If you’ve been arrested, you might have the option to get out of jail on bail. For bail, cash or bond will work. But what is monetary bail? This is the money that you pay in order to get out of jail. This money is returned to you after you return for your trial. Bail gives people incentive to return if they might otherwise skip their trial date. However, many people don’t have cash to pay their bail. In this case, they might use a bailbond. Bailbonding is a service where a company pays your bail for you in the form of a bond. They receive the bond back after you’ve fulfilled your obligations, then you pay them a fee. While this is technically more expensive, bail out bail bonds will get you out of jail rather than keeping you in there for weeks while you wait to go to court.
Most communities have a bail bondsman who can help you. So if you are arrested, look for bail bond places near me. They’ll be able to help, though you’ll have to pay for their services.
If you are arrested, you’ll likely be offered the option to pay bail and leave jail while you wait for your trial. Bail is usually set at the judge’s discretion and it can be expensive. Bail cash or bond can be used to pay it. If you don’t have the money, you can look into bail bond services to help you pay the bail.
A bail bondsman will lend you the money to pay your bail. Once you return for trial, they get their money back and you pay a fee for the loan. Bail bond interest rate can vary, but it is generally about 10% of your bail amount. You need to be sure you understand the terms of payment if you use bonds to pay your bail. If you don’t pay your fees, you can land in legal trouble again. A bail bonds debt collection can be extremely stressful and cause major problems for you. So before you get a bond, be sure that you know what you are doing and how much you’ll be required to pay.
There are some 14,000 bail service agents currently working in the United States — which is a good thing, since statistics show that 52% of American men will be arrested at least once in their lifetime and, according to a study that was published in a 2011 edition of Pediatrics, one in three people will be arrested by the time they reach the age of 23.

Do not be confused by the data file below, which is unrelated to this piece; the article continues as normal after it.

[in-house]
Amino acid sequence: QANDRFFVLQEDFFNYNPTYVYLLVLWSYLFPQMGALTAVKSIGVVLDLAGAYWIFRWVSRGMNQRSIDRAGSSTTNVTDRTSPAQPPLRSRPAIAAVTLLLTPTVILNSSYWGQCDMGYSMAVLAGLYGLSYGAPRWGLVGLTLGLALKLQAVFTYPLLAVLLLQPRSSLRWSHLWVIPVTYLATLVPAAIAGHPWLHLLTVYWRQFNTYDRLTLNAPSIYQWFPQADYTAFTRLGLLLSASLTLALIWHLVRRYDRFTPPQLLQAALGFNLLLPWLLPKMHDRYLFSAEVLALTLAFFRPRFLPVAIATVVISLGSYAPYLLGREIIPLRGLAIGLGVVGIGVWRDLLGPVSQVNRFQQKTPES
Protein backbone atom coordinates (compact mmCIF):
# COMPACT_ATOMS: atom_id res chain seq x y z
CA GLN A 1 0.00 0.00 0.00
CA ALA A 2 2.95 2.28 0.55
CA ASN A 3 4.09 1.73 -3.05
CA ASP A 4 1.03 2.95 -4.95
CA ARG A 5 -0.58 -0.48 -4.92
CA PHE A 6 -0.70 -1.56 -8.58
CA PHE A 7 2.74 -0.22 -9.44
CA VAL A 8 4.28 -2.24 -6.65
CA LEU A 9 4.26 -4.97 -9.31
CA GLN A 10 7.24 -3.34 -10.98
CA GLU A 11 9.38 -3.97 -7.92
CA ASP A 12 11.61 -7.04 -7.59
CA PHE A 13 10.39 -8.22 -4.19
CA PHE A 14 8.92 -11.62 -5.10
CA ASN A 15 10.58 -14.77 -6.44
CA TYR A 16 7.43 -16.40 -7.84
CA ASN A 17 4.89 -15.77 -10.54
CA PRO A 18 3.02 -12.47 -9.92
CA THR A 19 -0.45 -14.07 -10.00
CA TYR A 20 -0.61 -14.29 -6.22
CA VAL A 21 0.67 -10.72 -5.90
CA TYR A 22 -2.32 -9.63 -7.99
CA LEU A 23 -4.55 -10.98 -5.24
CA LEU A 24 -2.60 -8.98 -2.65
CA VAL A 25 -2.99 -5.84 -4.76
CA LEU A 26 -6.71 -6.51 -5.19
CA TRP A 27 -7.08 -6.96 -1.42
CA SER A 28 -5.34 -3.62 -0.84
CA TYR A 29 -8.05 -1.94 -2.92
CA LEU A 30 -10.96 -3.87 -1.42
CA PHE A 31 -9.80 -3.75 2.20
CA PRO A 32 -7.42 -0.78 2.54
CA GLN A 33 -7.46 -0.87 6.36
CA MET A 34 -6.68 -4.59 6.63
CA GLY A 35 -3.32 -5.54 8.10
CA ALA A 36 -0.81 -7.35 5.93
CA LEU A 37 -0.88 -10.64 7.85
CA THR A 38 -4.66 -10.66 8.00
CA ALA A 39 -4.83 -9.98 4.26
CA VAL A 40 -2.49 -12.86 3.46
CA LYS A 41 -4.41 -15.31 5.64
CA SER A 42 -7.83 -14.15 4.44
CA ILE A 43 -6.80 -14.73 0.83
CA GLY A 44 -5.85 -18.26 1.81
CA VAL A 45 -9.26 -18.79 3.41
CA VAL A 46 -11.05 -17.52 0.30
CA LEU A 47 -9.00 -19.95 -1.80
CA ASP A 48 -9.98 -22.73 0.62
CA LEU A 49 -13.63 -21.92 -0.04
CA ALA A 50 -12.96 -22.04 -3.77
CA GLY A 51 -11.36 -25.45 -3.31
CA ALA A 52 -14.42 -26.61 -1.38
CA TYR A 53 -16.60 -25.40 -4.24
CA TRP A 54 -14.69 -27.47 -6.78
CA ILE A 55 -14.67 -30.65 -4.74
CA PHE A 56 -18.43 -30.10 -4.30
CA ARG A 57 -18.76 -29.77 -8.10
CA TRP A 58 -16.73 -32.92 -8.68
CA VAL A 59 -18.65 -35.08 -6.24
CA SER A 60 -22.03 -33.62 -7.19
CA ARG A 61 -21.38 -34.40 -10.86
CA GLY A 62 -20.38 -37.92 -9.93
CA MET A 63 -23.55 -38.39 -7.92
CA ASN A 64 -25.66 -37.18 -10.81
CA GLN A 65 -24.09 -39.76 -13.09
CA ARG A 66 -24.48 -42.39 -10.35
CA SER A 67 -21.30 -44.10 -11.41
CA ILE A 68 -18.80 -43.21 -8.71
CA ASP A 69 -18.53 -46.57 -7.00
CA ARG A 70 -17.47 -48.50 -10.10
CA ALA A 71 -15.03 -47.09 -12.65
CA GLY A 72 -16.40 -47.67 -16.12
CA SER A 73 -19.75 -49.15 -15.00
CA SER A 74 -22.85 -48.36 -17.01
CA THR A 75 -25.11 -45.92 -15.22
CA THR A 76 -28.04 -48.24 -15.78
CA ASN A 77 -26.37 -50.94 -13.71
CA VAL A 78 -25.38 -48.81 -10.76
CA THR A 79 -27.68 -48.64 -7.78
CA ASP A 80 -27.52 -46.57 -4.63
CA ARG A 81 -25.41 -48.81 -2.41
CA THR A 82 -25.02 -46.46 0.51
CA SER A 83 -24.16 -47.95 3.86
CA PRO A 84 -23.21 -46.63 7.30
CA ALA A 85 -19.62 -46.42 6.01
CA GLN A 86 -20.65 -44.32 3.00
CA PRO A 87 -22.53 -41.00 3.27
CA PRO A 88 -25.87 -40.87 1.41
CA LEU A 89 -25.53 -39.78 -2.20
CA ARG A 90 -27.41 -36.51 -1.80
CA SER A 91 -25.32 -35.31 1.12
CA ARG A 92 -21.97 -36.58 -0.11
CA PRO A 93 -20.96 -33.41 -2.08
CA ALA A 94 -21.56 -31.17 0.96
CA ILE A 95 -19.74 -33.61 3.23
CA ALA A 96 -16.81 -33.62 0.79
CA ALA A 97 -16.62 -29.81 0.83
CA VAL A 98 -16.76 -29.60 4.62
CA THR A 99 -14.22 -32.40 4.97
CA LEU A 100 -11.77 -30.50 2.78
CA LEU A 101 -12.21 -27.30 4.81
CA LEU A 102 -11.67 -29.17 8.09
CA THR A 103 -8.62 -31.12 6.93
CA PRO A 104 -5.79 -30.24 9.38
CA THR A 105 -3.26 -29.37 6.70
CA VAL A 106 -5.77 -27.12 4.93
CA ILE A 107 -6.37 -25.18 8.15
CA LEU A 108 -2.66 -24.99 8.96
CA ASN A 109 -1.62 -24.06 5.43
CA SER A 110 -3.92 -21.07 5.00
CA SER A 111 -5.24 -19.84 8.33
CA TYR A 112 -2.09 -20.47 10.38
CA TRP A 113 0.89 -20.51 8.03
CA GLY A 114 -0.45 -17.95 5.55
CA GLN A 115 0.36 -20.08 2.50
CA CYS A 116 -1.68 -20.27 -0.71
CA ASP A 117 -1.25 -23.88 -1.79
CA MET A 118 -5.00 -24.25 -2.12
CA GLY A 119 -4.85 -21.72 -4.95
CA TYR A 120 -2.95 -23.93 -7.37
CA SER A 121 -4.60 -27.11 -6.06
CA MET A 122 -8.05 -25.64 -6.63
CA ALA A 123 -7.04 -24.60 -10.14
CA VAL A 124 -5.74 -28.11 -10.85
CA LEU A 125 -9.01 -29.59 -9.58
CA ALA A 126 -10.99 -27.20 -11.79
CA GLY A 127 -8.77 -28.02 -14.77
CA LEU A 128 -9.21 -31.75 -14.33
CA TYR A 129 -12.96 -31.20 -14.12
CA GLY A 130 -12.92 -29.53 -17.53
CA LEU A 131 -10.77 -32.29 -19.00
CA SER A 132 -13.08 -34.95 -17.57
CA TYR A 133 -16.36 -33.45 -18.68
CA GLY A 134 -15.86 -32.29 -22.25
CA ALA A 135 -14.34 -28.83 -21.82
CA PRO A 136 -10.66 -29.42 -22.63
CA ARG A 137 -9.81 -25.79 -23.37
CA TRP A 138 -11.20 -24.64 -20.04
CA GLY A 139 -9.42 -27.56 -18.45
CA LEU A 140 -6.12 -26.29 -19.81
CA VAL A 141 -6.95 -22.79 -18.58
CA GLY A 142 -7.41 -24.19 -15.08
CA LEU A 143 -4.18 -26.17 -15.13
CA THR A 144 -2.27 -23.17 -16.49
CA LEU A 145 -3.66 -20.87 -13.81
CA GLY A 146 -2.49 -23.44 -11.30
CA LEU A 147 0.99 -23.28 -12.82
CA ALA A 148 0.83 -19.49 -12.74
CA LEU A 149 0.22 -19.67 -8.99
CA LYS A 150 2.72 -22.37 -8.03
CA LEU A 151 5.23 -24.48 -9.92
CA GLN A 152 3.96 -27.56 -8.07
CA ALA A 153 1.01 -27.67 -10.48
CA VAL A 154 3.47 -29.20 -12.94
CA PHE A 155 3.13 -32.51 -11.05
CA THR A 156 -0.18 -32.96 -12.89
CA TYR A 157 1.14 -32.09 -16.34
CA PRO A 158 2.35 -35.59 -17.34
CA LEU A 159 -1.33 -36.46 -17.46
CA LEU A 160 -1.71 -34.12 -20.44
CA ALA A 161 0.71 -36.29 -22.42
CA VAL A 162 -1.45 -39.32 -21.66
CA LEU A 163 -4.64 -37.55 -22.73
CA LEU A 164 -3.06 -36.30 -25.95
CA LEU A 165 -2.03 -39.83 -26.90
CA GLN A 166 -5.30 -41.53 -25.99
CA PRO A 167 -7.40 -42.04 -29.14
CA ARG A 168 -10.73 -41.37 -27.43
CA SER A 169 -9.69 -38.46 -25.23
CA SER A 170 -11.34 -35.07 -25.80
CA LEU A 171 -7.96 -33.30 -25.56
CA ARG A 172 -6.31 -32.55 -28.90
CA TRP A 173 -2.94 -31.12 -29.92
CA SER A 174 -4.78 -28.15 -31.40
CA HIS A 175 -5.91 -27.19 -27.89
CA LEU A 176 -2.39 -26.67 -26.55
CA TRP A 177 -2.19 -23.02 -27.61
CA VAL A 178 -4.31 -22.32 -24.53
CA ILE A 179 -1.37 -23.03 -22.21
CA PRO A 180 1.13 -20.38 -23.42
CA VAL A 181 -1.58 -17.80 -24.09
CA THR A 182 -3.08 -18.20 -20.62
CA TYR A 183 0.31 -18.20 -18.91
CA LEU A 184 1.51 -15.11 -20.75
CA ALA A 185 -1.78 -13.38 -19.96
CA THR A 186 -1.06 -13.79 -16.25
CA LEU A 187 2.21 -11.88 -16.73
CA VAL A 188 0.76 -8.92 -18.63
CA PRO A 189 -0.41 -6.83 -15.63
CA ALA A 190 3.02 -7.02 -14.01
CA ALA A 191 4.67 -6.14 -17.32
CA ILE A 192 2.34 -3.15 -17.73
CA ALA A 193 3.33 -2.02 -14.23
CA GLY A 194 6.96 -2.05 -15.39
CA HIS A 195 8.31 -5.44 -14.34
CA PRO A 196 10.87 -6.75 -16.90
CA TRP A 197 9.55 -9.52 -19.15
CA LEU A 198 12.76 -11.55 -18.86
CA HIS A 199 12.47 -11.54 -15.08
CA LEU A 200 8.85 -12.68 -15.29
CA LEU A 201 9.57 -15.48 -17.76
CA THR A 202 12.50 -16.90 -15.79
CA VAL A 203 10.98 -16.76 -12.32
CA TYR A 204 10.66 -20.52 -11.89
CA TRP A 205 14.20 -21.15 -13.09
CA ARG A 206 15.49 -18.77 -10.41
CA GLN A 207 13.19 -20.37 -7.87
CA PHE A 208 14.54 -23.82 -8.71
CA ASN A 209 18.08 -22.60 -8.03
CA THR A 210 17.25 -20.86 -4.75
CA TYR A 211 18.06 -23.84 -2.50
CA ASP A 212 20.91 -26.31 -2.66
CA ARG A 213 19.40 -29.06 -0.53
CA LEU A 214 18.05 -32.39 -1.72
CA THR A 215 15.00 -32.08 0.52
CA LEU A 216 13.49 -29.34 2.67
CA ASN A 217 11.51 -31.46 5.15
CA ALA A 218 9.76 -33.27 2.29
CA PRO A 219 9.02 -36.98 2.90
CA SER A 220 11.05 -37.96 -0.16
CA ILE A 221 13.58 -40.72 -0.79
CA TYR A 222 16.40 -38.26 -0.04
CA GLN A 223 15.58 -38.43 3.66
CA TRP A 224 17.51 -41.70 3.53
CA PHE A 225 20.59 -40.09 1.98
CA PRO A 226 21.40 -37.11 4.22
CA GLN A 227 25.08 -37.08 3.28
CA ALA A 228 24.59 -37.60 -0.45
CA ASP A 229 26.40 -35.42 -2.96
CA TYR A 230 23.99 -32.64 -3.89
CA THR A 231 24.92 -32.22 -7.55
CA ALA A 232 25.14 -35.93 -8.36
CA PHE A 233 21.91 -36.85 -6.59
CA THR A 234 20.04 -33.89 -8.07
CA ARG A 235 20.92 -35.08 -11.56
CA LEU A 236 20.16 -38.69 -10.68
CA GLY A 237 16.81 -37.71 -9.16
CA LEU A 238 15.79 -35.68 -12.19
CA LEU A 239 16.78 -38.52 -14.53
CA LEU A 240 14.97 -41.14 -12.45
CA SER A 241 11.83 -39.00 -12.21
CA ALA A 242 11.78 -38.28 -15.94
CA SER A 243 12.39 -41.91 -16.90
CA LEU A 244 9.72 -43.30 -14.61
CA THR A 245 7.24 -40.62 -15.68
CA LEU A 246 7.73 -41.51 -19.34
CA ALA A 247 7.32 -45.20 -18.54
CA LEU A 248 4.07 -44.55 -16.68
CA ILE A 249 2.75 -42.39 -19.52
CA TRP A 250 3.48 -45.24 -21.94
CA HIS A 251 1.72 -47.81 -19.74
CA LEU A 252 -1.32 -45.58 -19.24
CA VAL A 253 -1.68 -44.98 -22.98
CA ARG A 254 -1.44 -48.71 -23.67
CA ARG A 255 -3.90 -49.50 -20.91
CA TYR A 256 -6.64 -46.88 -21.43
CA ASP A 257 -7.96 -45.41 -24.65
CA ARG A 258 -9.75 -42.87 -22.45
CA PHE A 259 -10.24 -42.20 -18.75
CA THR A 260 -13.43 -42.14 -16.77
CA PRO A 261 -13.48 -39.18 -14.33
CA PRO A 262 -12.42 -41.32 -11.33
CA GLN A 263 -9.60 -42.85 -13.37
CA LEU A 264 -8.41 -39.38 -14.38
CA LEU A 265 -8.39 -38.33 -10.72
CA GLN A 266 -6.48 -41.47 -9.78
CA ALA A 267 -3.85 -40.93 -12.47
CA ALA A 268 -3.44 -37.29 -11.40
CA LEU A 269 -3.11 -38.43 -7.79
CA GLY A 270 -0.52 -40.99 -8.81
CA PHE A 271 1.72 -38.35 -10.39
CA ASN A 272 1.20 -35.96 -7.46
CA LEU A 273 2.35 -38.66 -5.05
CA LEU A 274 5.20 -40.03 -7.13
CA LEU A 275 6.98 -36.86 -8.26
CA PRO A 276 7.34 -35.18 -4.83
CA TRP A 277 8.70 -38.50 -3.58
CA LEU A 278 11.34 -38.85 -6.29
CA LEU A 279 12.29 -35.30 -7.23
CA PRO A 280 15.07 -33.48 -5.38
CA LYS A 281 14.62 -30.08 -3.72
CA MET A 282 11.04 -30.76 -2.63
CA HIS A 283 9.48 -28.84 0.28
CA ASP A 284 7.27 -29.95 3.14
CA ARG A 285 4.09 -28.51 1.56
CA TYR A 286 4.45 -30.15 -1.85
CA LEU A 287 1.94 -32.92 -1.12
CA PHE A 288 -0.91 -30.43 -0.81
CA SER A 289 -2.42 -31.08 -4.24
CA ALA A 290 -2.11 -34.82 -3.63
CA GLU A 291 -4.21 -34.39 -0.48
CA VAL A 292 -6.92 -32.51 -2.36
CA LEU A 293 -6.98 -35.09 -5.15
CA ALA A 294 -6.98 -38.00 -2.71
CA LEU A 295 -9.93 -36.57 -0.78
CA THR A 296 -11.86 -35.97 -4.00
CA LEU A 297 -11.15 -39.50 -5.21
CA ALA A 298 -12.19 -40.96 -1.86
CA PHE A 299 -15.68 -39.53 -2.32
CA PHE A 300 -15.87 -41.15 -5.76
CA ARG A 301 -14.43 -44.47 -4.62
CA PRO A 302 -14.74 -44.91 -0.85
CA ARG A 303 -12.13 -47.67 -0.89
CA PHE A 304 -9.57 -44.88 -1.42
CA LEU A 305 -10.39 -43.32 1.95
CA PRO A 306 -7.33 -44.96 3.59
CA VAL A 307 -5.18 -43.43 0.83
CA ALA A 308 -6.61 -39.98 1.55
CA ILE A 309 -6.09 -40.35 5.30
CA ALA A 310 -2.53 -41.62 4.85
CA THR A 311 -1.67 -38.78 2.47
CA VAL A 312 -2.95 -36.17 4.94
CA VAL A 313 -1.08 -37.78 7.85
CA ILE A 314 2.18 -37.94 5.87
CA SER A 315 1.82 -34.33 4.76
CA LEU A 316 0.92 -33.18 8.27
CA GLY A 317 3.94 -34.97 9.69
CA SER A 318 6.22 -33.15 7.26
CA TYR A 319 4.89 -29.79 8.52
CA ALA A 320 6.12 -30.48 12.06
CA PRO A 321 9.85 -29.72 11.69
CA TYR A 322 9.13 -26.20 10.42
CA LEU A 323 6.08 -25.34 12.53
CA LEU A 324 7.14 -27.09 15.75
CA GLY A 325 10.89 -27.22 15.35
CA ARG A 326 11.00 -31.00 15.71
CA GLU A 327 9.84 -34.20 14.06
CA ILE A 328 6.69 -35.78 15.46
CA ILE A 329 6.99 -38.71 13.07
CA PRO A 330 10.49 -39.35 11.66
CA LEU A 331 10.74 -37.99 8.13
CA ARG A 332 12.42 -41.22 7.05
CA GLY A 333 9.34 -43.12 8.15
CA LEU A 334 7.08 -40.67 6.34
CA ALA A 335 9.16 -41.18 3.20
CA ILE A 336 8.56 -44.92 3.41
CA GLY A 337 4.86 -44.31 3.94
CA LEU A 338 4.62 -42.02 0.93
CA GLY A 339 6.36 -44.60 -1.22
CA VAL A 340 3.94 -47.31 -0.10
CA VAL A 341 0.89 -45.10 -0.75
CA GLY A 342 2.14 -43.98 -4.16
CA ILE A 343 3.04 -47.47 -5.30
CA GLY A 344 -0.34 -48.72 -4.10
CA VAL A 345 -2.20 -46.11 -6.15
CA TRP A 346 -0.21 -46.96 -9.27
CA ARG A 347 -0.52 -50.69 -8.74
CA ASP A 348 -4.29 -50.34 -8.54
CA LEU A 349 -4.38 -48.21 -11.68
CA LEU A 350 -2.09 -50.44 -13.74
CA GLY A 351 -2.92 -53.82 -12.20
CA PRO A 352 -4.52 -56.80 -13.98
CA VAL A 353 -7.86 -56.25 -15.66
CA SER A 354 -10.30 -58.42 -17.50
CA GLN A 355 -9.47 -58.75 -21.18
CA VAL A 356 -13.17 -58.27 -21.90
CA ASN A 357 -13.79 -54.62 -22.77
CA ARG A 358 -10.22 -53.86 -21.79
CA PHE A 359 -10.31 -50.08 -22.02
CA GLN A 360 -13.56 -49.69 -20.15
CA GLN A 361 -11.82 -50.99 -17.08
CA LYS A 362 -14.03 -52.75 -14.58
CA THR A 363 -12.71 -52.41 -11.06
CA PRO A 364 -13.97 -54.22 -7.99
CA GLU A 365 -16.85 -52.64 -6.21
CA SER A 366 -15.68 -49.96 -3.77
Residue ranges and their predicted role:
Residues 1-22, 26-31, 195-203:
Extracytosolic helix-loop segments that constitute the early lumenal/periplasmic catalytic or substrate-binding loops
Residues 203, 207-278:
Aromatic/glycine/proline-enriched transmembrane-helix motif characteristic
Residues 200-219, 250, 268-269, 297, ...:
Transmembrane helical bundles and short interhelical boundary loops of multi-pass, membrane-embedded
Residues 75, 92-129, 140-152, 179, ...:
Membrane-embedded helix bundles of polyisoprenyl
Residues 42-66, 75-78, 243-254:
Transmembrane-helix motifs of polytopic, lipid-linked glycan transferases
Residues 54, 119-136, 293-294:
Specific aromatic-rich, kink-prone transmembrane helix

Why do you need a bail bond service? If you’re facing jail time, consider these facts:
- Even if your crime is minor, the charges can still pack a blow to your wallet. It’s no secret that the economy’s current state is affecting people across all financial brackets. Unfortunately, the general decrease in job opportunities, salaries and more doesn’t carry over to the cost of bail for many offenses. Rather, findings by the Bureau of Justice Statistics indicate that the number of people who need money for bail has gone up by 30% between 1990 and 2006, which was the last year bail statistics were released. So the chances of needing to be bailed out, or helping someone else get out of jail, may not be as slim as you think — although your wallet may be, once you hand over the cash for the full bail amount.
- The cost of a bail bond service is often a small price to pay for your freedom. In exchange for posting a bond, a commissioned bail bondsman typically charges a non-refundable fee that is around 10 percent of the total bail amount. By using a bondsman to provide non-arrest bonds, misdemeanor bonds, and more, the accused gets out of jail for much less than the full bail amount – hence, the 10 percent fee. Sure, the downside of the bail bond service fee is that you won’t be getting it back. But you will get back your freedom, and many would argue that’s more than enough incentive.
- Time is money — and time spent in jail is money lost. U.S. jails have operated at an average of 91 percent capacity since the year 2000; on a given day, however, 60 percent of the U.S. jail population is composed of people who are not convicted, but are being held in detention as they await the resolution of their charge. Even if you’re ultimately able to pull together the necessary bail money, consider its cost in minutes, hours and days as well. Is the sacrifice of unsalvageable time truly worth it? If your answer to that is ‘no,’ a bail bond service may be the optimal solution.